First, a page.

Commentary

Tim Quast
Traders Magazine Online News

We're All HFTs Now

In this guest commentary, author Tim Quast looks back at the history of HFT and how the market has evolved to where many firms now fit the definition of high-frequency trader.

Traders Poll

Are you in favor of a pilot program and examination of the rebate system by the SEC?




Free Site Registration

January 1, 2004

From Sheep Farming to Wall Street

By Peter Chapman

Ed Nicoll sure knows discount brokerages.

In his 28 years on Wall Street, he has run three of them.

First came Waterhouse Investor Services, where he was co-founder and president. Then came Datek Online, where he was chairman and CEO. Now he's running Instinet, Wall Street's largest institutional discounter.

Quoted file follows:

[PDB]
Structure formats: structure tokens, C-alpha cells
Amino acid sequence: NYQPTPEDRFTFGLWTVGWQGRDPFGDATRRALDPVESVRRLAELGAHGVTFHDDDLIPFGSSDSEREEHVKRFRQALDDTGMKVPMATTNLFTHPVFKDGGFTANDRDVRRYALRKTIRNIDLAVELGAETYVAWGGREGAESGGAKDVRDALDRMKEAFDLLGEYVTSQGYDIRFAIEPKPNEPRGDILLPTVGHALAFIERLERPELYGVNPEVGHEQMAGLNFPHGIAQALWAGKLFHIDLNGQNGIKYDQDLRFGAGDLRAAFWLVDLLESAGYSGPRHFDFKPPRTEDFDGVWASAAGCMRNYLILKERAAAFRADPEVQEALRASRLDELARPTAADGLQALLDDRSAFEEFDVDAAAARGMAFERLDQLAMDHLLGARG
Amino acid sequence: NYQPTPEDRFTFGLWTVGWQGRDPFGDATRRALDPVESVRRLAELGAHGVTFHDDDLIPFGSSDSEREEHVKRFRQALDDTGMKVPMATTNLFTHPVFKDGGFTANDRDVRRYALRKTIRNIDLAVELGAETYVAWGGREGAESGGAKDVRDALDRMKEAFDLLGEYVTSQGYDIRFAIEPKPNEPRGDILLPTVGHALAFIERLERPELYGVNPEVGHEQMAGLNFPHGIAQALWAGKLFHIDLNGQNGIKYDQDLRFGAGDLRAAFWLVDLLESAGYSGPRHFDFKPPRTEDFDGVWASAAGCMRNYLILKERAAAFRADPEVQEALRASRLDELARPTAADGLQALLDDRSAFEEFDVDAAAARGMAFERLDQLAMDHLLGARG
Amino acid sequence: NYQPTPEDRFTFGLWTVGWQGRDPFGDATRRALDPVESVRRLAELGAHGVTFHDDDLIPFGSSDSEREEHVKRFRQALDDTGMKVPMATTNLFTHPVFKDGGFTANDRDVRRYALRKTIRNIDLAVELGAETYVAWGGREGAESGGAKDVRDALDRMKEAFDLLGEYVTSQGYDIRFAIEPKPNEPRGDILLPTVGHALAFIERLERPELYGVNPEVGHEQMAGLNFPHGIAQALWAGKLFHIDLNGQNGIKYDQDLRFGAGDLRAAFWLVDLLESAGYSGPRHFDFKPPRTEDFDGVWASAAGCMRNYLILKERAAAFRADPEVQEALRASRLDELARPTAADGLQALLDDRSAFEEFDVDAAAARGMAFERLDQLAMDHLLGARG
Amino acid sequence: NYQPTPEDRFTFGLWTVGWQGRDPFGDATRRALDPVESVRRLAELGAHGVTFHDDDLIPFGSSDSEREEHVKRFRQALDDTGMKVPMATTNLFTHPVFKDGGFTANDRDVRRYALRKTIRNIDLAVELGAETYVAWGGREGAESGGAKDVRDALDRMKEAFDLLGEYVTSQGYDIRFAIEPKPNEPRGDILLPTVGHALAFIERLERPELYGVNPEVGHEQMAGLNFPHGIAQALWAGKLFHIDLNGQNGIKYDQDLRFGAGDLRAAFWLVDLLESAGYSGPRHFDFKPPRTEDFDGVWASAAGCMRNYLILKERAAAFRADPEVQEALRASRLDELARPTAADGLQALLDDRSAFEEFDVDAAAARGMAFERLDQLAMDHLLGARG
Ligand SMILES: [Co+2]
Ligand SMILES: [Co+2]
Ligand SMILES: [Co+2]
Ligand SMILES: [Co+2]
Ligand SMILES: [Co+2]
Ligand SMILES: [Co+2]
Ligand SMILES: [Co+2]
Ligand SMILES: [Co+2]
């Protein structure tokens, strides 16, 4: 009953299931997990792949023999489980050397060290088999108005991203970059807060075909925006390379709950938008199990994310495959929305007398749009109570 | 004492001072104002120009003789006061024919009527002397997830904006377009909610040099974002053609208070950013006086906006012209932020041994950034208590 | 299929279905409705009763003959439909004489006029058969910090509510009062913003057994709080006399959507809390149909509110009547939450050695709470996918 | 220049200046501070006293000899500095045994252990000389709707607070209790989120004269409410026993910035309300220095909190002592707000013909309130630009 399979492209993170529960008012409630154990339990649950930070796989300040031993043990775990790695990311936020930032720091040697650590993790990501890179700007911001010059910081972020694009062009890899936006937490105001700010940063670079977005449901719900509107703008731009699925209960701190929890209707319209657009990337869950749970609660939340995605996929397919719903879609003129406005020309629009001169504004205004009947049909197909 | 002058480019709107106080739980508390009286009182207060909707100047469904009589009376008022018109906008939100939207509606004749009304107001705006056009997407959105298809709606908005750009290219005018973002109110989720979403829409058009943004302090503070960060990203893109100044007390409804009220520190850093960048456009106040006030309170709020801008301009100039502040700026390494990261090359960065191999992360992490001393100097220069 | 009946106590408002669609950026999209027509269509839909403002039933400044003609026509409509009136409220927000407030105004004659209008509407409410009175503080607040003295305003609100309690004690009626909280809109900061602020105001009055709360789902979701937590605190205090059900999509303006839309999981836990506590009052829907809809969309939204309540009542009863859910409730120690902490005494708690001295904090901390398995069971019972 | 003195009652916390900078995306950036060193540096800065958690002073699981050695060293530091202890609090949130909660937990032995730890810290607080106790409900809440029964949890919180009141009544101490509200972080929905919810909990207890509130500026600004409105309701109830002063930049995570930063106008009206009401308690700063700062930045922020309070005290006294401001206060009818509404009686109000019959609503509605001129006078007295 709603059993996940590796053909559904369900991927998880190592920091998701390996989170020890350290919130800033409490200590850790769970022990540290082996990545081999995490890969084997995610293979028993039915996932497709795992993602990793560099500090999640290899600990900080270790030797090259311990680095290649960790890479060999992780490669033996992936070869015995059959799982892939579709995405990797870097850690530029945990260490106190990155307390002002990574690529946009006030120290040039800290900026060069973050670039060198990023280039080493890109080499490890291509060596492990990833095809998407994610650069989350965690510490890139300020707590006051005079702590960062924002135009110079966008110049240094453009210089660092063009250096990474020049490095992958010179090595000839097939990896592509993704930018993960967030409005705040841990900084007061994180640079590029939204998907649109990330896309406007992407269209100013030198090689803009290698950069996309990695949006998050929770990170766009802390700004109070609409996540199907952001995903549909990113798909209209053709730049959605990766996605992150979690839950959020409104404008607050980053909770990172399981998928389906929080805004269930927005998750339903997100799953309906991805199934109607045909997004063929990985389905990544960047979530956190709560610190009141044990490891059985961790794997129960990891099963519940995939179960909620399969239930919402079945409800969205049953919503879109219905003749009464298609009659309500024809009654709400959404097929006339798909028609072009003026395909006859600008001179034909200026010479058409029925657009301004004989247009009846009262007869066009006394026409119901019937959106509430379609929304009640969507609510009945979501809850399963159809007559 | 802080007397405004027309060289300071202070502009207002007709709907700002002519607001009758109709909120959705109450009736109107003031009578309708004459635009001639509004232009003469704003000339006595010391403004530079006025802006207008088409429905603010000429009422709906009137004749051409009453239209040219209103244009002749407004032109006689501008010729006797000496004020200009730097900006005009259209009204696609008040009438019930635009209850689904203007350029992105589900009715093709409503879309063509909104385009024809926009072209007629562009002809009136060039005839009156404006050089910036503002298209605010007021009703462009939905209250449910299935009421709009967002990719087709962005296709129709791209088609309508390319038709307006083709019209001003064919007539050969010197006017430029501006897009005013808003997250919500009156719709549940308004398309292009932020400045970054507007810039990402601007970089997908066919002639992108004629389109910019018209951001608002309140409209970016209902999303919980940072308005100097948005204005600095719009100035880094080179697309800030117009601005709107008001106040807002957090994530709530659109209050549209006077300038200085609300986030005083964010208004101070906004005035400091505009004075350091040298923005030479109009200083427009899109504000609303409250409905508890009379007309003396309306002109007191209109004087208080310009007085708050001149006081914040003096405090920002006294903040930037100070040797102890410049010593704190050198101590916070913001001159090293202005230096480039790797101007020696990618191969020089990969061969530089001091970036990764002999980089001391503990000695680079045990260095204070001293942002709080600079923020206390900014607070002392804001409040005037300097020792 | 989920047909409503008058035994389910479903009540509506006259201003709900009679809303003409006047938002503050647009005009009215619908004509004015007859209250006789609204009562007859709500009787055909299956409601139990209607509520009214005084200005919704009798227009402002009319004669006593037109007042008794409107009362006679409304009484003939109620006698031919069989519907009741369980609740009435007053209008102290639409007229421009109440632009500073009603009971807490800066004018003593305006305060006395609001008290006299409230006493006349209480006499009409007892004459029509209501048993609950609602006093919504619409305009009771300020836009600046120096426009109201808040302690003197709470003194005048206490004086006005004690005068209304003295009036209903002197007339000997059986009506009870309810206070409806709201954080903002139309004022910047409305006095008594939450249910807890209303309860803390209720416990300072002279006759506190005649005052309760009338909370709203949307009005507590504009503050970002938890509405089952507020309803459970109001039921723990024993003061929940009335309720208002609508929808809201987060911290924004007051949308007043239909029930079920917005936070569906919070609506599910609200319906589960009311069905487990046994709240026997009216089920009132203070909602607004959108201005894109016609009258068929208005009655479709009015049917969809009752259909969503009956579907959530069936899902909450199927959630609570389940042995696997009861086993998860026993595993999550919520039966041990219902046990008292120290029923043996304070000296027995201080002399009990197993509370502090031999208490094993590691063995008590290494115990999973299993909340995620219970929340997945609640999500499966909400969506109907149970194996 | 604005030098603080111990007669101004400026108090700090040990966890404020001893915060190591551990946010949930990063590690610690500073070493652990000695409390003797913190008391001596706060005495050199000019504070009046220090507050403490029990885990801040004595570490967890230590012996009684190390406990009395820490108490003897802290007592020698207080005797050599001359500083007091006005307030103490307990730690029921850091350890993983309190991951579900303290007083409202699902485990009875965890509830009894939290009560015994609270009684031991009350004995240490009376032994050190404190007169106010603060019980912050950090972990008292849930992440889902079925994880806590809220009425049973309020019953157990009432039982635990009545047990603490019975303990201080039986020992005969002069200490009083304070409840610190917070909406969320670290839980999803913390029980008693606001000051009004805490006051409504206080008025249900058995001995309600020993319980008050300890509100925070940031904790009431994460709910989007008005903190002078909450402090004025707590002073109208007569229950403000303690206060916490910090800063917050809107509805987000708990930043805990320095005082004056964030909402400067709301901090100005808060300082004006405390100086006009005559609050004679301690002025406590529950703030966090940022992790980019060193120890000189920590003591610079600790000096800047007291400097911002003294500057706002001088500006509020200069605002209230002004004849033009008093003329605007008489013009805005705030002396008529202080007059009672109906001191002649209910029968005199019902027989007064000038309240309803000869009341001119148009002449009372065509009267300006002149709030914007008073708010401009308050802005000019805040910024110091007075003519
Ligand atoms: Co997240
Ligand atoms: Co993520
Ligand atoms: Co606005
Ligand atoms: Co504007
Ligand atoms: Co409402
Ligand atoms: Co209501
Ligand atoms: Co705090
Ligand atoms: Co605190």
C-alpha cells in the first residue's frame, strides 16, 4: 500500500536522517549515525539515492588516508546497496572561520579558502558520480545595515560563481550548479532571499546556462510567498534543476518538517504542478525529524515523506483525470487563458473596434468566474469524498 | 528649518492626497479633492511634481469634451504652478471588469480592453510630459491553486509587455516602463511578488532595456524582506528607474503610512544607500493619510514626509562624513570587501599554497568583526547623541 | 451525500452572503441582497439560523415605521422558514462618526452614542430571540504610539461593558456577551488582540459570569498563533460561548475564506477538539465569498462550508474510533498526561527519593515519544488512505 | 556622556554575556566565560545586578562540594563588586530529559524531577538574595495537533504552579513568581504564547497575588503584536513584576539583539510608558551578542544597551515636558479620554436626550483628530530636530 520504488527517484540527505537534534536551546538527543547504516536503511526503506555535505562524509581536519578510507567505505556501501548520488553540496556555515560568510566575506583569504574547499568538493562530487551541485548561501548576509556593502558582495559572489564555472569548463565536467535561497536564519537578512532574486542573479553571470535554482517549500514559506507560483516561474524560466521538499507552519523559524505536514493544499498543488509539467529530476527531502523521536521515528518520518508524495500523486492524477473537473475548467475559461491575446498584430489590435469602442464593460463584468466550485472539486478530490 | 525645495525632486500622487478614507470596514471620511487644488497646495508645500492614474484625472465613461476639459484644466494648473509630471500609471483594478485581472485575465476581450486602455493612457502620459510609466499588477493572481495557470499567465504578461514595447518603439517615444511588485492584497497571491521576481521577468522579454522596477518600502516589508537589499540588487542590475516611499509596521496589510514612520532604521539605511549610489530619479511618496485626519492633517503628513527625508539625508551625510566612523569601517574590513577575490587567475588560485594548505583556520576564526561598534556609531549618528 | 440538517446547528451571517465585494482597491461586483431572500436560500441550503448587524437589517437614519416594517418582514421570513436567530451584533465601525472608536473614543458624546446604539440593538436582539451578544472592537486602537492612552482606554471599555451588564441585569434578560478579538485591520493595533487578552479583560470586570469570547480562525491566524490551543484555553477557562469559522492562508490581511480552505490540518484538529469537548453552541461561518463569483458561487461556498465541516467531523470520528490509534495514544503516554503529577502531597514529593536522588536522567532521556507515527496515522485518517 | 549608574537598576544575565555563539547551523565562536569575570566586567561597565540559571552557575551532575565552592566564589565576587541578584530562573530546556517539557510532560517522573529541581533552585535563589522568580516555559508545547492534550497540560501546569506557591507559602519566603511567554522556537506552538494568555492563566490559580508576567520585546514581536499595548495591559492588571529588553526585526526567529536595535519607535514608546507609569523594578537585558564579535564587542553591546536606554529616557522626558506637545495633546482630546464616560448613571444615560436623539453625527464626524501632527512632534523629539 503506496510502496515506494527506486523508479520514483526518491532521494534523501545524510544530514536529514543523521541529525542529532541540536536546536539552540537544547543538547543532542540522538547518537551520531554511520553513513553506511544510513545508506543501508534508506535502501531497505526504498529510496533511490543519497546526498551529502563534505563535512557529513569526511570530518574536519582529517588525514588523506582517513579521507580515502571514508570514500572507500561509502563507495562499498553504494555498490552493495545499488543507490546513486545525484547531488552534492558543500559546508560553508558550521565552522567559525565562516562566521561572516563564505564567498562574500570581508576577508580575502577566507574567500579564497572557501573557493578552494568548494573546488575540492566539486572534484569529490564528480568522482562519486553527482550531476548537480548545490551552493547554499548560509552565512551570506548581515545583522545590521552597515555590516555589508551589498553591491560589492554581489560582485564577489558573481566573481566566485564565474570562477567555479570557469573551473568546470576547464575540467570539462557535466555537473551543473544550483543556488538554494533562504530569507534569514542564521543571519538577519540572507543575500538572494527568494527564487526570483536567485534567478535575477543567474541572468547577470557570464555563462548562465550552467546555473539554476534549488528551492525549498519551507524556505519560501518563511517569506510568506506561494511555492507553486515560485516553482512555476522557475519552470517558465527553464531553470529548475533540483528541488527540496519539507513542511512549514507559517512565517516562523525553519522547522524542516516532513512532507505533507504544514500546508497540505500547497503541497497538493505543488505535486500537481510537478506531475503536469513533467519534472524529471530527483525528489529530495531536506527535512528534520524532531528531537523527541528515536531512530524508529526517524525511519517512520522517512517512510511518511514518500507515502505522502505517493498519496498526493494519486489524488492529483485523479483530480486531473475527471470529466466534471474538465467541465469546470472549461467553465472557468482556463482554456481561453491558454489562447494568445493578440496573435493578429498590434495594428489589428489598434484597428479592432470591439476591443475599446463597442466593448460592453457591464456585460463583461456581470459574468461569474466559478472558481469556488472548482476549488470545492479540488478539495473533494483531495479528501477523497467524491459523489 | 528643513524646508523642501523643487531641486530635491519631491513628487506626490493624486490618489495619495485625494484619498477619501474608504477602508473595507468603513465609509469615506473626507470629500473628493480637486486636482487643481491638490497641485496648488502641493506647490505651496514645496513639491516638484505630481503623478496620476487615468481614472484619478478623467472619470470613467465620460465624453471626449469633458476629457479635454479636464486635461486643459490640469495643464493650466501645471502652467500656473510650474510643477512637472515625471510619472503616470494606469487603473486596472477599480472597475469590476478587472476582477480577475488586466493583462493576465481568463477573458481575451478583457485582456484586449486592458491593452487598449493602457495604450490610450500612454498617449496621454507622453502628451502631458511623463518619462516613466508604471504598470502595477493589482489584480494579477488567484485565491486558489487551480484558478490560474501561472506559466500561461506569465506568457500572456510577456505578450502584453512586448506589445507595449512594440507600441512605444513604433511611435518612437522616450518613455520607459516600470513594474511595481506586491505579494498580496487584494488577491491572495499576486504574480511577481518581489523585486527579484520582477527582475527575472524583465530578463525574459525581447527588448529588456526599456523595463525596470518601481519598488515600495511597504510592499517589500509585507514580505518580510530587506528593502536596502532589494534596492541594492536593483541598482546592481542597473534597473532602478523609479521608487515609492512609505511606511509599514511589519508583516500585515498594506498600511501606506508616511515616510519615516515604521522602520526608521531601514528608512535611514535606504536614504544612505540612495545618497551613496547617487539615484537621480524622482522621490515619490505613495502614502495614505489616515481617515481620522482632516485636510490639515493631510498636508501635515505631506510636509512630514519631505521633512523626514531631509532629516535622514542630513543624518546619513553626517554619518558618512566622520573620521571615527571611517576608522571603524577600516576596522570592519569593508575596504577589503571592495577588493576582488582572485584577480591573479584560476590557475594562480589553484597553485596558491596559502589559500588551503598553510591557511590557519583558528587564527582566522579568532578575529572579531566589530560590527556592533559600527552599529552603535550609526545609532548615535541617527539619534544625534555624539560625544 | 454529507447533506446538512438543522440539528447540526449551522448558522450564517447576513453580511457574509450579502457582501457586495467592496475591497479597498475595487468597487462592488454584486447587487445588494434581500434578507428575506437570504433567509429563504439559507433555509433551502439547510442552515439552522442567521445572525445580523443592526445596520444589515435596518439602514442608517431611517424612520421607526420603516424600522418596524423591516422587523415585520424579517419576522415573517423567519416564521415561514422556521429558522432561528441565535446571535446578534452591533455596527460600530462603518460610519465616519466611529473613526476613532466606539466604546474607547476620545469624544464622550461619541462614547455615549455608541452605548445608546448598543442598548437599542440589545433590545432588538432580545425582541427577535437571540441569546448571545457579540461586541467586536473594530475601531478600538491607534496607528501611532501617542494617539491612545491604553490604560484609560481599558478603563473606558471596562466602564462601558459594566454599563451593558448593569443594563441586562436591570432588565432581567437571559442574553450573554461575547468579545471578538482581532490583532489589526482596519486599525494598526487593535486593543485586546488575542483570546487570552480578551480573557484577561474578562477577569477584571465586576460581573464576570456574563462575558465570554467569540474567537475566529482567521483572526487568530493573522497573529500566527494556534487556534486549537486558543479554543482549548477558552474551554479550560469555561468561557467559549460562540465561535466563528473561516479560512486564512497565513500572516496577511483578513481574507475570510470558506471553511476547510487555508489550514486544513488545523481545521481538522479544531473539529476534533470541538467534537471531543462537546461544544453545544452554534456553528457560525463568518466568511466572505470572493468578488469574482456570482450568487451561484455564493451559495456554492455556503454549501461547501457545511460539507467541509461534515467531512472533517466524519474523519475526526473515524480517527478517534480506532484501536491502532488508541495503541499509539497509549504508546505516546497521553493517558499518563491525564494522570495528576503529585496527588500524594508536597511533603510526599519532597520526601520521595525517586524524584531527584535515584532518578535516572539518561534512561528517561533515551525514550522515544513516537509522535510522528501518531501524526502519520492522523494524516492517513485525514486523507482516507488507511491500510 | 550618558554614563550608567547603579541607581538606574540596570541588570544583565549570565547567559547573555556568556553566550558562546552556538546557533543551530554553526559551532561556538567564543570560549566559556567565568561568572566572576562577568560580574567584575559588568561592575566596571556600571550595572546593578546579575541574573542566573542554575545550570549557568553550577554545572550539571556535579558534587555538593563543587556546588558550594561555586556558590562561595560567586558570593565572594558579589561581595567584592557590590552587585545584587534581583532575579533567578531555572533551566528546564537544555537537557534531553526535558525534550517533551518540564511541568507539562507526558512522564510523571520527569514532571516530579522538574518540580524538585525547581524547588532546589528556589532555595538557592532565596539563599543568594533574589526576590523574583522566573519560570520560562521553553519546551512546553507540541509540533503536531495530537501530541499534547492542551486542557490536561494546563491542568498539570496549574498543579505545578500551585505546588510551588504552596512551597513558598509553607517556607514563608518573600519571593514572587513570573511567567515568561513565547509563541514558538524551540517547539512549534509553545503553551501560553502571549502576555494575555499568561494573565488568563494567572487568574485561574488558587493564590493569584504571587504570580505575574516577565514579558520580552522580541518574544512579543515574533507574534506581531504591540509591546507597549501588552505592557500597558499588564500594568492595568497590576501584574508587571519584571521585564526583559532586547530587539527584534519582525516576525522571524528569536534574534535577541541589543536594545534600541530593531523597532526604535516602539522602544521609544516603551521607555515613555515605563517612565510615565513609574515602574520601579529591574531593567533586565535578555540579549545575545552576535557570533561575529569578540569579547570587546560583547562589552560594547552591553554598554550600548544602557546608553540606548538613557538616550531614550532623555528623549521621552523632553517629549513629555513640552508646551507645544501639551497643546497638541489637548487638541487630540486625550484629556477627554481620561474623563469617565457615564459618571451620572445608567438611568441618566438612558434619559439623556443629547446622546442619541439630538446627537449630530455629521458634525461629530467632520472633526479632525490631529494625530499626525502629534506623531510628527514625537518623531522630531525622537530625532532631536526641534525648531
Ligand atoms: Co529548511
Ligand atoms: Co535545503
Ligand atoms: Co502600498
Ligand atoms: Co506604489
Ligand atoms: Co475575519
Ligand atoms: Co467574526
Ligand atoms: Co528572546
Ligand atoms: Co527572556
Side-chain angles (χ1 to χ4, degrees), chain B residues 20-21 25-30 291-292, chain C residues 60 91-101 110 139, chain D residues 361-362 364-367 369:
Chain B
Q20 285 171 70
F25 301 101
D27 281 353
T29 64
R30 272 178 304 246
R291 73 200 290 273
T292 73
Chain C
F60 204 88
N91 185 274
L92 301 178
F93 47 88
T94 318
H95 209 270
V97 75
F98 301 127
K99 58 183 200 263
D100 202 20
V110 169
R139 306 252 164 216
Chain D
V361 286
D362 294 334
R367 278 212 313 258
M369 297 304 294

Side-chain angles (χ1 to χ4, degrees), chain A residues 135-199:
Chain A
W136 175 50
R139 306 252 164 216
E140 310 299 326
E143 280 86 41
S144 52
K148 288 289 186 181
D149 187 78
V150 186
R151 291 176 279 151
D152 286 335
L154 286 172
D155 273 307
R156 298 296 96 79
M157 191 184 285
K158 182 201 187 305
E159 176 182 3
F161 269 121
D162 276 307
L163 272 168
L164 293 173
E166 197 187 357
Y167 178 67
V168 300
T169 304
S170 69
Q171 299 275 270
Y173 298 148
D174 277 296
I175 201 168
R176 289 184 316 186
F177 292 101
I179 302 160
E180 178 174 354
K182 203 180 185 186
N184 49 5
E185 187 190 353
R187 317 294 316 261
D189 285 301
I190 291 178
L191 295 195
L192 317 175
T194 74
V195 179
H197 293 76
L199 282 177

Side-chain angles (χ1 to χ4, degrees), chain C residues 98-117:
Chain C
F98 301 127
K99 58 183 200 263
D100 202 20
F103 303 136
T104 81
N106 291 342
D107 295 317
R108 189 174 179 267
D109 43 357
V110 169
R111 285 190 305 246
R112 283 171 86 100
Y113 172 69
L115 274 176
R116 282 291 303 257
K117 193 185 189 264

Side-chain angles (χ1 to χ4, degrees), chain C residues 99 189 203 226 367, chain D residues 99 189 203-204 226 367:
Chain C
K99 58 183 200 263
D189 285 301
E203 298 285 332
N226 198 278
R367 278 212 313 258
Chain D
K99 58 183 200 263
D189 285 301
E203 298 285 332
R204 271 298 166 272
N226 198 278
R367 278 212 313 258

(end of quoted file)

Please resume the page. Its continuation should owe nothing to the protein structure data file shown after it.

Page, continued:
Nicoll became Instinet's chief executive in 2002, following its acquisition of the Island ECN. Nicoll was chairman of Island, formerly part of Datek, which was sold to Ameritrade in 2002.

Nicoll bought into Datek in 1998 after graduating, at age 45, from Yale Law School. At Yale he was the first student in the modern era to enter without an undergraduate degree.

The 50-year-old Nicoll got his start in the business of low-cost trades in 1978 - three years after fixed commissions were abolished - when he co-founded Waterhouse with Larry Waterhouse.

Nicoll was not always a wealthy man. He was raised by a single mother in modest circumstances in Paterson, New Jersey. After high school, he skipped college to try his hand at sheep farming in rural Pennsylvania. However, he soon abandoned his career with livestock for another kind of stock. He took a job at a Pittsburgh brokerage and eventually made his way to New York.